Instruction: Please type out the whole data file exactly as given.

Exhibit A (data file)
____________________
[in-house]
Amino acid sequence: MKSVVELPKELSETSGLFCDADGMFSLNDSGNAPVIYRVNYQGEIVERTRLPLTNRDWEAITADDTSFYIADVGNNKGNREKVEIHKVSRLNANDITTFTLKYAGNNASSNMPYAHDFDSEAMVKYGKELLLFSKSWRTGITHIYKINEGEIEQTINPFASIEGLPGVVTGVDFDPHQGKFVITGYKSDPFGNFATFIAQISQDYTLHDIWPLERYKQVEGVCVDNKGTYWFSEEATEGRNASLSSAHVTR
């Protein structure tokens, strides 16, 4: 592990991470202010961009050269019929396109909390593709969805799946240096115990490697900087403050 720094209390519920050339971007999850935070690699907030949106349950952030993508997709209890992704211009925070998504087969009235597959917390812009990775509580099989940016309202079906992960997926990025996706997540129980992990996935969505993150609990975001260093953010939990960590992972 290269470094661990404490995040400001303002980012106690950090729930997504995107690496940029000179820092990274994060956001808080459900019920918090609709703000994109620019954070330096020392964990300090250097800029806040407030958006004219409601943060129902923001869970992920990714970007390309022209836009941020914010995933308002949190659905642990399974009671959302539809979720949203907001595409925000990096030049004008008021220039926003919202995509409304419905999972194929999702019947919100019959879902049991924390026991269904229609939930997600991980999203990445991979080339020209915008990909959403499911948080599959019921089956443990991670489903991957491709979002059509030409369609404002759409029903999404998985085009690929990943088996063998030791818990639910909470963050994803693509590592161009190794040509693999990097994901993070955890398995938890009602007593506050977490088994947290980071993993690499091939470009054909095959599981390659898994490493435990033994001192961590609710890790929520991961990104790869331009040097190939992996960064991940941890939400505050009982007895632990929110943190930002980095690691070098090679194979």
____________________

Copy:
[in-house]
Amino acid sequence: MKSVVELPKELSETSGLFCDADGMFSLNDSGNAPVIYRVNYQGEIVERTRLPLTNRDWEAITADDTSFYIADVGNNKGNREKVEIHKVSRLNANDITTFTLKYAGNNASSNMPYAHDFDSEAMVKYGKELLLFSKSWRTGITHIYKINEGEIEQTINPFASIEGLPGVVTGVDFDPHQGKFVITGYKSDPFGNFATFIAQISQDYTLHDIWPLERYKQVEGVCVDNKGTYWFSEEATEGRNASLSSAHVTR
């Protein structure tokens, strides 16, 4: 592990991470202010961009050269019929396109909390593709969805799946240096115990490697900087403050 720094209390519920050339971007999850935070690699907030949106349950952030993508997709209890992704211009925070998504087969009235597959917390812009990775509580099989940016309202079906992960997926990025996706997540129980992990996935969505993150609990975001260093953010939990960590992972 290269470094661990404490995040400001303002980012106690950090729930997504995107690496940029000179820092990274994060956001808080459900019920918090609709703000994109620019954070330096020392964990300090250097800029806040407030958006004219409601943060129902923001869970992920990714970007390309022209836009941020914010995933308002949190659905642990399974009671959302539809979720949203907001595409925000990096030049004008008021220039926003919202995509409304419905999972194929999702019947919100019959879902049991924390026991269904229609939930997600991980999203990445991979080339020209915008990909959403499911948080599959019921089956443990991670489903991957491709979002059509030409369609404002759409029903999404998985085009690929990943088996063998030791818990639910909470963050994803693509590592161009190794040509693999990097994901993070955890398995938890009602007593506050977490088994947290980071993993690499091939470009054909095959599981390659898994490493435990033994001192961590609710890790929520991961990104790869331009040097190939992996960064991940941890939400505050009982007895632990929110943190930002980095690691070098090679194979």